Worried About Your Weight? BMI May Not Be Accurate and Here’s Why

0
451

We all know the routine of going to the doctor, getting weighed and then getting our height measured to use as a comparison to this chart we are all familiar with called the BMI scale.

This BMI scale, or body mass index is a tool which shows the person’s height versus their weight, and how being in certain ranges on this chart means that you are more likely to get a certain type of disease related to obesity.

There are some major problems with the BMI scale, especially when it comes to men. The BMI scale leaves out one major consideration, that some of this weight may be muscle mass, and not fat and hence doesn’t put the patient in question at risk like the chart indicates that it does.

For example, many athletes especially those who have body shapes similar to an NFL running back will score as obese on these BMI scales, when in reality they have a healthy body fat percentage.

A new study published by the Annals of Internal Medicine found that waist to hip ratio was a better indicator of whether or not someone would die from risks related to being overweight or obese.

preview-full-shutterstock_312067598Researchers conducted a study in Scotland over the period of 10 years which found that people with normal BMIs but that had extra weight around their bellies were upwards of 22% more likely to die from all factors related to being overweight or obese. This was in comparison to people who had normal BMIs and lower hip to waist ratios.

The study also showed that obese people who had lower waist to hip ratios were less likely to die than people who had normal BMIs and higher hip to waist ratios indicating a possible link between the two.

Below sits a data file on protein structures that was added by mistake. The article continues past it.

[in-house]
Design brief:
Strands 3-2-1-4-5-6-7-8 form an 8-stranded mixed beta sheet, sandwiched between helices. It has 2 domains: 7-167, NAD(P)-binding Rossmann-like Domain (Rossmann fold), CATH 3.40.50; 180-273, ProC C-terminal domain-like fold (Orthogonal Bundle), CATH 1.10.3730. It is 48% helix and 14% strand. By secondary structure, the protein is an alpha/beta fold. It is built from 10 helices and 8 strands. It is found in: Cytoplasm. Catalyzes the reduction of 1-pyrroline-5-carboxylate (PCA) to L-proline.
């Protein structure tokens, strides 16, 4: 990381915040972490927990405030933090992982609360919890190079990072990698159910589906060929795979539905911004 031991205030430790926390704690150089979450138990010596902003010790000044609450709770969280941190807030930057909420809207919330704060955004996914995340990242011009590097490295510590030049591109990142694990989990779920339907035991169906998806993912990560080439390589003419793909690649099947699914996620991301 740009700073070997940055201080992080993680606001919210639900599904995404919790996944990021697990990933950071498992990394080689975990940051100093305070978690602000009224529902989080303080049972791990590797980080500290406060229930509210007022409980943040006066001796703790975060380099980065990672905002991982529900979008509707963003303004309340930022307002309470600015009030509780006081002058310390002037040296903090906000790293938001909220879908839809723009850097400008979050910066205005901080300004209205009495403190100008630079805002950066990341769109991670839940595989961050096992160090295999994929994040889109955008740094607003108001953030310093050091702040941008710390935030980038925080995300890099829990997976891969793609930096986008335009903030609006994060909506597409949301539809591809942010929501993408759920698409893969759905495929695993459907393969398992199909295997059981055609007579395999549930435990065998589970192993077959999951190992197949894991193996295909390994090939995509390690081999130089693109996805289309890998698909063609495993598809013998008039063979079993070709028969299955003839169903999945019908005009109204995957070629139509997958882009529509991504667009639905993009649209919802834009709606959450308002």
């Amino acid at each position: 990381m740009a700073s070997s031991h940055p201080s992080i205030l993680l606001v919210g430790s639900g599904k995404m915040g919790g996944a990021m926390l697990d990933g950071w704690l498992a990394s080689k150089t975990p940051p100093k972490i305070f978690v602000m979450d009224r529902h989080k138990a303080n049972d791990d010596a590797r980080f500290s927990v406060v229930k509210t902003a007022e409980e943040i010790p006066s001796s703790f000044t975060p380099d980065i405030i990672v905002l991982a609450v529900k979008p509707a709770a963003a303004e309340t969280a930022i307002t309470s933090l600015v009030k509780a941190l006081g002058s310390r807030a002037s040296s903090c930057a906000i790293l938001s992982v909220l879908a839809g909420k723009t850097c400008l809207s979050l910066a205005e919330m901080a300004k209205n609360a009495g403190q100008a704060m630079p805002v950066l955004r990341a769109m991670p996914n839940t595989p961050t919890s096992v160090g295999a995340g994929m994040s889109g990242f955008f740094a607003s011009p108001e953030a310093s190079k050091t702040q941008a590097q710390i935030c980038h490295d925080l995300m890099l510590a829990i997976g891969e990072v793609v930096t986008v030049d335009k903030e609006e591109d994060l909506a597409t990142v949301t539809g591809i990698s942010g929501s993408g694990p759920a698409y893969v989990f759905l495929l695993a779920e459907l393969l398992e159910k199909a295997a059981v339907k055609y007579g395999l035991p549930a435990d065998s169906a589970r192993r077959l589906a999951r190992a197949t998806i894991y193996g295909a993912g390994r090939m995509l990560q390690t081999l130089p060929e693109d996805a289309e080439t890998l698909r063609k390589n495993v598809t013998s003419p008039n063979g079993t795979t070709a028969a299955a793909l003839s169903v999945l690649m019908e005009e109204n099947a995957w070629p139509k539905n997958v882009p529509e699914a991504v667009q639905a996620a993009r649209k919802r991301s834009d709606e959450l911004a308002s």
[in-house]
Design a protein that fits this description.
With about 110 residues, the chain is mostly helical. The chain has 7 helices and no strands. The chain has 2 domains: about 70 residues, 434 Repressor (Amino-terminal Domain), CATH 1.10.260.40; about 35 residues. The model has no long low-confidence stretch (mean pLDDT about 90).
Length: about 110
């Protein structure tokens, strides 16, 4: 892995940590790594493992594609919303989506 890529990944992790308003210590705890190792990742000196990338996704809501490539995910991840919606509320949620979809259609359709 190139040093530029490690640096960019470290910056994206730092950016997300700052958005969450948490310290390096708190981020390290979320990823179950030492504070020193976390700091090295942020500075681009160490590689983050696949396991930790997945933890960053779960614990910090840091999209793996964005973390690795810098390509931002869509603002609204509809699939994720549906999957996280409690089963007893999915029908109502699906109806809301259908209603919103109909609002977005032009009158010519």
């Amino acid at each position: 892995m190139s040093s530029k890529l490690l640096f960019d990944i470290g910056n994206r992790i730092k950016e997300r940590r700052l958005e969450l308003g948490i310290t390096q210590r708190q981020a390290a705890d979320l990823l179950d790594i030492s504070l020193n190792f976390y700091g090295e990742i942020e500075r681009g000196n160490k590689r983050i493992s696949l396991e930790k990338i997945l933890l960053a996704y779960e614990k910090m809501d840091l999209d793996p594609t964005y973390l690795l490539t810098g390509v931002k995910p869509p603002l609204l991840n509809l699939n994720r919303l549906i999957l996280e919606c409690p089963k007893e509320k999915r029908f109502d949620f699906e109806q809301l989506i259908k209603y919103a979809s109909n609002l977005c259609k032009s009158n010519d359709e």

All in all, the research showed that increased belly fat increased the risk of premature death, especially when it comes to cardiovascular disease and heart attacks.

Another Study Focusing on Obesity Showed that the Waist is Important

When it comes to being obese and the health effects that are the result of being obese, more and more research is pointing to stomach fat as the main contributor when it comes to major illnesses and potentially and early death.

preview-full-shutterstock_390890980A study conducted at the Leeds Beckett University in the United Kingdom showed that the ratio of the waist to height was a better indicator of a person’s overall health than the BMI scale itself.

This method involved whole body fat percentage and visceral adipose tissue mass or the fat that is stored around the internal organs, which are the causes of things like heart disease and fat related cancers.

When using the height to waist ratio versus the BMI scale, researchers noted of the staggering difference in the amount of adults that would be considered obese under this method as opposed to the BMI scale. Under the waist to height ratio, about 37% of more adults would be considered to be obese then there are currently.

So What Are These Studies Telling Us?

It is too early to completely dismiss the BMI scale as a reliable tool but the research definitely points towards the stomach or midsection as the most important indicator when it comes to a person’s overall health considering their weight.

If you are concerned about your overall health especially your weight, you are better off worrying about going down in pant size than the number that comes up on the weight scale itself.

These methods are not the tell all be all, but are good tools to use to give yourself a general idea if you are too fat, and how much you need to lose.

There are other methods out there as well when it comes to testing your overall fat, such as hydrostatic body fat testing. This test is done underwater, where the true ratio of muscle to fat can be determined.

The idea behind this method is that body fat floats and your buoyancy will tell you how much of your weight is actually fat versus muscle, bone and organ weight. This is better than your typical scale or BMI measurement which can tell your weight and estimate your body fat at best based on your height and weight.